post #36 of 99
Quote:
Originally Posted by majid View Post
Rolex is the brand watch snobs love to hate. They are very reliable, however.



The old Daytona used a Zenith El Primero movement, but in the last 5 years or so customers have wised up to the fact many companies just slap a pretty case on a generic movement and jack up the price. Customers are increasingly demanding manufacture (in-house) movements for authenticity's sake.

When customers find out their watch just has generic ETA/Lemania/Valjoux movements with no added value, a company's brand equity takes a hit or can even be destroyed completely (as Patek Philippe and Chopard's almost were), so most companies are taking movement manufacture back in-house. That's why Rolex made the Daytona in-house again. The El Primero is an excellent movement, and Daytonas with that movement are highly sought after by collectors. The back-in-house movement (pun intended) is purely for marketing reasons and not necessarily a good thing, as most watchmakers simply don't have the full set of skills and the result can be worse than a tweaked standard movement.

My impression is that Breitling and Panerai are among the brands that just slap a case on a movement (Breitling's gimmick is the rotary slide rule, Panerai's is the oversize case with dive-style crown lock). Rolex is a serious, if unimaginative watch company. I would recommend IWC, Jaeger-Lecoultre or Zenith if you care more about the mechanical heritage than about bling, or Bréguet if you want a pedigree, but they are usually far more expensive. An IWC Pilot's watch or chronograph is roughly the same price, far more subtle and very accurate - mine hardly gains more than a second or two a day. Omegas are also excellent value and very reliable timepieces.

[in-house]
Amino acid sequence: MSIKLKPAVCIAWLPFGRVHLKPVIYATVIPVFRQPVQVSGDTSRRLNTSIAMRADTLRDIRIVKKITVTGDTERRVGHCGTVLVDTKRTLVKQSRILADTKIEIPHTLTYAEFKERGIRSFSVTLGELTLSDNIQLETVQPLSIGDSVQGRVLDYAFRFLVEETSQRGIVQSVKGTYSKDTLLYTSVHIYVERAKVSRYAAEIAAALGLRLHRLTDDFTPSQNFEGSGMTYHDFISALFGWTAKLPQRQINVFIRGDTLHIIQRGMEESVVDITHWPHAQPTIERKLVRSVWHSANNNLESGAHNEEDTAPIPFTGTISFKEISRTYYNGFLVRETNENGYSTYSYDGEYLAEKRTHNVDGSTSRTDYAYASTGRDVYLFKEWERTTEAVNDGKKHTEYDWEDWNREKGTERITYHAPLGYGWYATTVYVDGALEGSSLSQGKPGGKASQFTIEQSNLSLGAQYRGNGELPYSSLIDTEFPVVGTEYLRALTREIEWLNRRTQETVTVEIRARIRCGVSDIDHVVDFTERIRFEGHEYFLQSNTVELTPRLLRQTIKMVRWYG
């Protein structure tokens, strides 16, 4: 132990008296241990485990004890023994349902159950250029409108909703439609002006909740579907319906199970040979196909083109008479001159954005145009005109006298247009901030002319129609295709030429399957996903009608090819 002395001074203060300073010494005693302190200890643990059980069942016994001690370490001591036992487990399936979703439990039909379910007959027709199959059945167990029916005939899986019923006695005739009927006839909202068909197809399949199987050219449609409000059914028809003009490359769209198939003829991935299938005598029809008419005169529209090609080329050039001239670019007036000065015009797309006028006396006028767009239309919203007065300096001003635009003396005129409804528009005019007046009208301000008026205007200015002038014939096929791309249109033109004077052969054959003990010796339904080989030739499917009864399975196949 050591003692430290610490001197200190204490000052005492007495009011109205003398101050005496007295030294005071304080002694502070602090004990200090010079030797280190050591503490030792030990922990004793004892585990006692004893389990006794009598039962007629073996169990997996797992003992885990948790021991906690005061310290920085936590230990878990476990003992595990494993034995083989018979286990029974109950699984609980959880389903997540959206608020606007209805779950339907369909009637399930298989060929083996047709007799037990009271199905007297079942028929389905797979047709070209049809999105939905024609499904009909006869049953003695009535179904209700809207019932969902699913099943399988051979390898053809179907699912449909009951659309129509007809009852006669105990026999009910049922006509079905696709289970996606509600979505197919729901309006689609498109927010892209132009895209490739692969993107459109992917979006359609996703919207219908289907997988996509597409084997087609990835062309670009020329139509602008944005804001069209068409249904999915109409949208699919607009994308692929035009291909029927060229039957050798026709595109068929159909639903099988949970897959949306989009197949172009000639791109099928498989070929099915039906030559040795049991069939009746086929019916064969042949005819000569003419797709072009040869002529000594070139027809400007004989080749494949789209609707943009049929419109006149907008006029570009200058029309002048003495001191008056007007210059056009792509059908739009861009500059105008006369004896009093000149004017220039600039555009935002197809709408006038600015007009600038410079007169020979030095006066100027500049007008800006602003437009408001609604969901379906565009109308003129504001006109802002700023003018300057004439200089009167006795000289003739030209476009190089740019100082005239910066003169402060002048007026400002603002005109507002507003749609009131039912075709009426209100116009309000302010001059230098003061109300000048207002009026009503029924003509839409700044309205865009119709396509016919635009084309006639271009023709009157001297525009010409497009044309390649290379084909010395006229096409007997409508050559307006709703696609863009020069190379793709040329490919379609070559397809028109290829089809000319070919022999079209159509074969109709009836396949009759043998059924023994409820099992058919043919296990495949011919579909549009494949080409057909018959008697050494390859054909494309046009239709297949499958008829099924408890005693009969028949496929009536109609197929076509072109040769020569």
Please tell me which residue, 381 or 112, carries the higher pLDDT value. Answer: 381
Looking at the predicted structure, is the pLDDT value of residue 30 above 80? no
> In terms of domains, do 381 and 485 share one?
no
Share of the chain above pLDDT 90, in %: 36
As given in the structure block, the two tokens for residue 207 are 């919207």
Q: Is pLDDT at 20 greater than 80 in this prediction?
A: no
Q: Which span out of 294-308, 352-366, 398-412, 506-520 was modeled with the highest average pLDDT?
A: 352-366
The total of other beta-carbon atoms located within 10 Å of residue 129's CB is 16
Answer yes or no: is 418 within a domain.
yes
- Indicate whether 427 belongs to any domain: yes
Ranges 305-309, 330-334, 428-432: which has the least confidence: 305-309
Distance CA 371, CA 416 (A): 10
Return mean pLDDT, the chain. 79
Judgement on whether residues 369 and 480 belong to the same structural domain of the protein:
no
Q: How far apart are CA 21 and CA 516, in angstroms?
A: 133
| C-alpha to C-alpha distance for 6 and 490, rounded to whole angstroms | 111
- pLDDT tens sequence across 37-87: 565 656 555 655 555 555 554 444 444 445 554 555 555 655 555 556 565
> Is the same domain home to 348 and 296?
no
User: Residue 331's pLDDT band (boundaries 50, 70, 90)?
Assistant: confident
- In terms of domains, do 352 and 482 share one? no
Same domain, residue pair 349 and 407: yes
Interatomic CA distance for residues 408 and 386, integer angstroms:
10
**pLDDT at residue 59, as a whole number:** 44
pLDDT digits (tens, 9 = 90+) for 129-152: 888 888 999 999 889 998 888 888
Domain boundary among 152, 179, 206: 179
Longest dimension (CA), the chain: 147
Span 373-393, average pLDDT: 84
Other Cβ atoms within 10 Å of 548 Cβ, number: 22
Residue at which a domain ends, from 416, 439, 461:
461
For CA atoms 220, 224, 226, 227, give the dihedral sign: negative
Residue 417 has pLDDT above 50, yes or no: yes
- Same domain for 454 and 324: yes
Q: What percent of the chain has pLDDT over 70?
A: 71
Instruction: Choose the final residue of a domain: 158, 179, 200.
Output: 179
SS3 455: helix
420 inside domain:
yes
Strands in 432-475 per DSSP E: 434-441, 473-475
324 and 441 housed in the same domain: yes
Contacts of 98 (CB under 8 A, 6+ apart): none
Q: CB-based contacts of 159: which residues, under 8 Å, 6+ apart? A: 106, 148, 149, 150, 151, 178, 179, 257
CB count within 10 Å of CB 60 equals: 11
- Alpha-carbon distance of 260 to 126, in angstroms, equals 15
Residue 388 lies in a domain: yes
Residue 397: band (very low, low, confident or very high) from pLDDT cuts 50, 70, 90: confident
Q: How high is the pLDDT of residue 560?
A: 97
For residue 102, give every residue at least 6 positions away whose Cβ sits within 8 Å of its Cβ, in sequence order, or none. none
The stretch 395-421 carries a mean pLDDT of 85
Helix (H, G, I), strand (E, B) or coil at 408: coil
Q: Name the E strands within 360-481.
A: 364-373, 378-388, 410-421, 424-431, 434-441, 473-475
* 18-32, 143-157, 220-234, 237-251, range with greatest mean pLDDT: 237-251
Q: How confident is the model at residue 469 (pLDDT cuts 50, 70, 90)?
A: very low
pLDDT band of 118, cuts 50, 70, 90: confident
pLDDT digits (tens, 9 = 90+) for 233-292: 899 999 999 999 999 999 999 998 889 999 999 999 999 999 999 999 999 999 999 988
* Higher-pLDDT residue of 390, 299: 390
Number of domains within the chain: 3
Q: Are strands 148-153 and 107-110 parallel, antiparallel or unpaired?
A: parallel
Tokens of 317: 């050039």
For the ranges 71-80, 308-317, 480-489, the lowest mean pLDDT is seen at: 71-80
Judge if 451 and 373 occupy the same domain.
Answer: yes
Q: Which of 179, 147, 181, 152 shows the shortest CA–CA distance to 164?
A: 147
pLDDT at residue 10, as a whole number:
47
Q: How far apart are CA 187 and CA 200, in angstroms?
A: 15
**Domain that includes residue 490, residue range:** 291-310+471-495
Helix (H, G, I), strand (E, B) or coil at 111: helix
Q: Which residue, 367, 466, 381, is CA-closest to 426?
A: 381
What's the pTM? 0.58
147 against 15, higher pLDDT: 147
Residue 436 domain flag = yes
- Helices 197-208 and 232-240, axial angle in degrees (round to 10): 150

I agree with your comments about Rolex. I really like them a lot. Especially that Daytona Chrono. The Daytona Chrono is so simple and elegant. I've read a number of articles detailing its construction and it is clearly well designed. More "beautiful" movements like F. Piguet and Vacheron are prettier, but not necessarily more durable. The F. Piguet in my Blancpain Triple Calendar is extremely temperamental.

I must say, however, that Panerai is making great strides with their 8 and 10 day in-house movements. Yes a lot of them use ETA, but the in-house movements look really impressive.
post #37 of 99
Thread Starter 
I was unaware that IWC used an in house movement. Does this apply to the Aquatimer ?.

Zenith is another brand that you dont seem to hear of much, are all of there movement made in house?
post #38 of 99
Interesting last few comments and I must say that when I went through the same process a few years ago, after extensive research I went with the Zenith El Primero and never regretted it. I really liked the Sea Dweller but at the end of the day in my opinion the Rolex is too much like a badge of rank and is not individual enough. My second choice was an IWC Portugieser.
post #39 of 99
I would take a Rolex over a Breitling.
But if I had the option of choosing from more vendors would have picked a Panerai.
post #40 of 99
Quote:
Originally Posted by Mortalcoil View Post
Thus the birth of "omegaman"
Correct
post #41 of 99
To be honest out of the two I would choose Breitling.

Then again all I have is an Omega Seamaster I bought last year with my own money and a Baume & Mercier my dad gave me because he no longer wanted it, said he needed the extra room on his dresser?
post #42 of 99
Quote:
Originally Posted by Mortalcoil View Post
I was unaware that IWC used an in house movement. Does this apply to the Aquatimer ?.